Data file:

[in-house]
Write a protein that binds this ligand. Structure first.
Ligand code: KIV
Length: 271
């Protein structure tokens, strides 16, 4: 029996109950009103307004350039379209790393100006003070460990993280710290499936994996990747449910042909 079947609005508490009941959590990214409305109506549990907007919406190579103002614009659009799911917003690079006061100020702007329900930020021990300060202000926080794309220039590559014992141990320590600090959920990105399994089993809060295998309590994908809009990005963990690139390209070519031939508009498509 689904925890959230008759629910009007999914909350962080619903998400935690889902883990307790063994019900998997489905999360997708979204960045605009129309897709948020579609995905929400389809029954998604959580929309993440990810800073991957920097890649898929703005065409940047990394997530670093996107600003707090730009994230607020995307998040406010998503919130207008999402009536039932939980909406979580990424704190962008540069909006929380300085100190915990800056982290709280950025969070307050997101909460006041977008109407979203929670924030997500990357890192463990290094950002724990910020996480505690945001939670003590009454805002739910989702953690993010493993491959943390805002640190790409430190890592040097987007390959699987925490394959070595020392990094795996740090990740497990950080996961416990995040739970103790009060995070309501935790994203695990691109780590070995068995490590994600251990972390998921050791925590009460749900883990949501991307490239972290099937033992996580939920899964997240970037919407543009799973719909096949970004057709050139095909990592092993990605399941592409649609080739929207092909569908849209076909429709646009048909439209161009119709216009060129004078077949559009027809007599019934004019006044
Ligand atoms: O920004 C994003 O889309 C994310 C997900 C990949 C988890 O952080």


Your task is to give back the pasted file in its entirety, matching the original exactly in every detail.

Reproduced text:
[in-house]
Write a protein that binds this ligand. Structure first.
Ligand code: KIV
Length: 271
């Protein structure tokens, strides 16, 4: 029996109950009103307004350039379209790393100006003070460990993280710290499936994996990747449910042909 079947609005508490009941959590990214409305109506549990907007919406190579103002614009659009799911917003690079006061100020702007329900930020021990300060202000926080794309220039590559014992141990320590600090959920990105399994089993809060295998309590994908809009990005963990690139390209070519031939508009498509 689904925890959230008759629910009007999914909350962080619903998400935690889902883990307790063994019900998997489905999360997708979204960045605009129309897709948020579609995905929400389809029954998604959580929309993440990810800073991957920097890649898929703005065409940047990394997530670093996107600003707090730009994230607020995307998040406010998503919130207008999402009536039932939980909406979580990424704190962008540069909006929380300085100190915990800056982290709280950025969070307050997101909460006041977008109407979203929670924030997500990357890192463990290094950002724990910020996480505690945001939670003590009454805002739910989702953690993010493993491959943390805002640190790409430190890592040097987007390959699987925490394959070595020392990094795996740090990740497990950080996961416990995040739970103790009060995070309501935790994203695990691109780590070995068995490590994600251990972390998921050791925590009460749900883990949501991307490239972290099937033992996580939920899964997240970037919407543009799973719909096949970004057709050139095909990592092993990605399941592409649609080739929207092909569908849209076909429709646009048909439209161009119709216009060129004078077949559009027809007599019934004019006044
Ligand atoms: O920004 C994003 O889309 C994310 C997900 C990949 C988890 O952080």